“The most important part of free speech is the stuff you don’t agree with,” Buck said. “So sometimes I put that up. Then all hell broke loose.” Several people called and emailed Dirty Fingers sharing their concerns and threatening to boycott his business.
Buck ultimately took down the post, telling me, “Of course we took it down. We didn’t want people to be offended or upset.”
Duncan Hwang is associate director of Asian Pacific American Network of Oregon (APANO), a nonprofit advocacy group. Reached today for comment, he said “Using language like this, even jokingly, normalizes xenophobia and discrimination against Asians; linking a global pandemic that impacts all of us to a single country and race continues a long tradition of scapegoating communities of color in times of crisis. We can do better.”
“As transportation justice advocates,” he continued, “we should not tolerate the kind of references shared in the post.” Hwang says as anti-Asian hate crimes increase with the spread of Covid-19 it’s important for our community to speak up and discuss with friends and family why actions like this are problematic.
Draper said even if the sign wasn’t overtly racist, “It normalizes blame and ridicule of China, and that can validate a need for retribution.”
As of today, Buck hasn’t posted on Instagram about the situation. “I’m going back and forth on that. I don’t quite know how to respond. I’m getting threats and I haven’t figured out how to deal with it. We’re just incredibly sorry.”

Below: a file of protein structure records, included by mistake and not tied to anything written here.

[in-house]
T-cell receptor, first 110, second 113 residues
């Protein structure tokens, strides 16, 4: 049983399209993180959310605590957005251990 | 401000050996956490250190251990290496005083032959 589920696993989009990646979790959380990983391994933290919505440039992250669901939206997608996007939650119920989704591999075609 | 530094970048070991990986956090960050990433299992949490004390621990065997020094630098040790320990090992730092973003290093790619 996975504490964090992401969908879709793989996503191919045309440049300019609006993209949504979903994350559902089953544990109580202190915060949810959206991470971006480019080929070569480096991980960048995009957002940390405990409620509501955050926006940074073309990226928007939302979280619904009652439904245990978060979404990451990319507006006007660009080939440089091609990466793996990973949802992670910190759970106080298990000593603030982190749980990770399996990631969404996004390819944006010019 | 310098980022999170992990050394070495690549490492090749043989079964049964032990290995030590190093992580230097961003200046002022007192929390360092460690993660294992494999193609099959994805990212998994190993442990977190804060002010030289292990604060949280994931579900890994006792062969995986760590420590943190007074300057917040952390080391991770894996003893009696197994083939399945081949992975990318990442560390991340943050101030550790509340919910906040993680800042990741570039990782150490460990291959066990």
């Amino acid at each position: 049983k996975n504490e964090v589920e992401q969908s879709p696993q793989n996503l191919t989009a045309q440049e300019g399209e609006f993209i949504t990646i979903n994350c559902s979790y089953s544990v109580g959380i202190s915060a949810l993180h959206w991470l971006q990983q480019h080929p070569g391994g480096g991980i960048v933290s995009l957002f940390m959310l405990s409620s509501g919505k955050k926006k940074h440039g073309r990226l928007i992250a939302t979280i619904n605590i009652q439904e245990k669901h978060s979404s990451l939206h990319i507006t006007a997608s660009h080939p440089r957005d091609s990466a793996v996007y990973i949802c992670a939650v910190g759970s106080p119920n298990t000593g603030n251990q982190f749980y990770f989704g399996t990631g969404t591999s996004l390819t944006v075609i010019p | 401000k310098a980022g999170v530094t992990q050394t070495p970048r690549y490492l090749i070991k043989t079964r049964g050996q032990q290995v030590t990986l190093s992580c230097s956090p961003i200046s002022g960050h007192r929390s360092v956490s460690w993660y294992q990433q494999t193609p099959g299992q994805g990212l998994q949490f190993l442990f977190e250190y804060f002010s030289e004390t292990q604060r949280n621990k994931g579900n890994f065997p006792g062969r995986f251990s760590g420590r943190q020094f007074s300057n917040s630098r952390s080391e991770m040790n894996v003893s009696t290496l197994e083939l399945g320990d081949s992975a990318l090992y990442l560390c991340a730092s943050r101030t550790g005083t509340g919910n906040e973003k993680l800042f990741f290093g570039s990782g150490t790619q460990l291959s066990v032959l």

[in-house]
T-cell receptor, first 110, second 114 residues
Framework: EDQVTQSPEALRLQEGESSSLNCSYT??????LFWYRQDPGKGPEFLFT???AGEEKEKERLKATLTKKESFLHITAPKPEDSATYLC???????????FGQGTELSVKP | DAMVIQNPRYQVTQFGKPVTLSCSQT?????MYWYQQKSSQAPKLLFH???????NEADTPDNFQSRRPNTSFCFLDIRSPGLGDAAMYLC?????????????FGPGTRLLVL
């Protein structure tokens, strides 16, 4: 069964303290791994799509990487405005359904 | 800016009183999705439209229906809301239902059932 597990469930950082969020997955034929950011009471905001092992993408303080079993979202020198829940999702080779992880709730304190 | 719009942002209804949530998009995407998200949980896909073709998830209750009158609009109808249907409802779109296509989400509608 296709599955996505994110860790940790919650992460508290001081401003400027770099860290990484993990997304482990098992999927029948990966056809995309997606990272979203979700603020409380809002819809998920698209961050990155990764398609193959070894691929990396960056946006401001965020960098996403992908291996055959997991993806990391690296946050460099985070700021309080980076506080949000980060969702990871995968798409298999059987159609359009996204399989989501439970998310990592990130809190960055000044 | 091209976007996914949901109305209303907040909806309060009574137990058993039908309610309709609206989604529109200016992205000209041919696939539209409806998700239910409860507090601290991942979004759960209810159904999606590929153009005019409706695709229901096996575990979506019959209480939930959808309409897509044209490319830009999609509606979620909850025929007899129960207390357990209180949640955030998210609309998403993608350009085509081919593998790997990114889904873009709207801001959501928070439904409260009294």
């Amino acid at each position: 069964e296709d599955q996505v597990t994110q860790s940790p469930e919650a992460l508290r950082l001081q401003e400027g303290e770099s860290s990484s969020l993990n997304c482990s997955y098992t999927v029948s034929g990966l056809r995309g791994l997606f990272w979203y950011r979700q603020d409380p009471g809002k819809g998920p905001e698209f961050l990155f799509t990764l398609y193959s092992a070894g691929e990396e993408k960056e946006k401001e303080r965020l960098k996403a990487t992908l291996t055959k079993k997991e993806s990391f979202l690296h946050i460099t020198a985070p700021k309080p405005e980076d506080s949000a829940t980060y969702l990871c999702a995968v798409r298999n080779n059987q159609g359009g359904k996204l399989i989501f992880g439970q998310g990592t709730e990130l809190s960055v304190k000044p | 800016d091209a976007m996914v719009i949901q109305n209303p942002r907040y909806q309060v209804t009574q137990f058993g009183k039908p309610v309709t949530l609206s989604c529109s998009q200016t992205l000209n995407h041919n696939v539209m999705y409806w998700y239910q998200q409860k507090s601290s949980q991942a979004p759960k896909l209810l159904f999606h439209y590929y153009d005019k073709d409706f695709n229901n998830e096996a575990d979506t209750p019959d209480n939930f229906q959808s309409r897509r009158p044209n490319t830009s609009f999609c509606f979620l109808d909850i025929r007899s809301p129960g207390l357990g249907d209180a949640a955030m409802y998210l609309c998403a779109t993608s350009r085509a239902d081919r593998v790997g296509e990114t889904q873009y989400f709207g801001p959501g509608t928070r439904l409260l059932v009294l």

The offensive post was deleted on Sunday evening, but Portlander Matt Danielson took a screenshot of it and re-posted it to his Instagram account. Danielson urged his followers to boycott the store.
“I think we all need to stop sitting idly by while rhetoric like this becomes further normalized than it already is, especially in the bike industry,” Danielson shared in an email to BikePortland today. “I decided to use strong language to make it very clear that I felt their actions were unacceptable. I asked that people never set foot in the Dirty Fingers shop again. How could my Asian American friends possibly feel safe in that shop? Again, people are being beaten in the streets, and the exact language from the sign made by Dirty Fingers is being used to justify it.”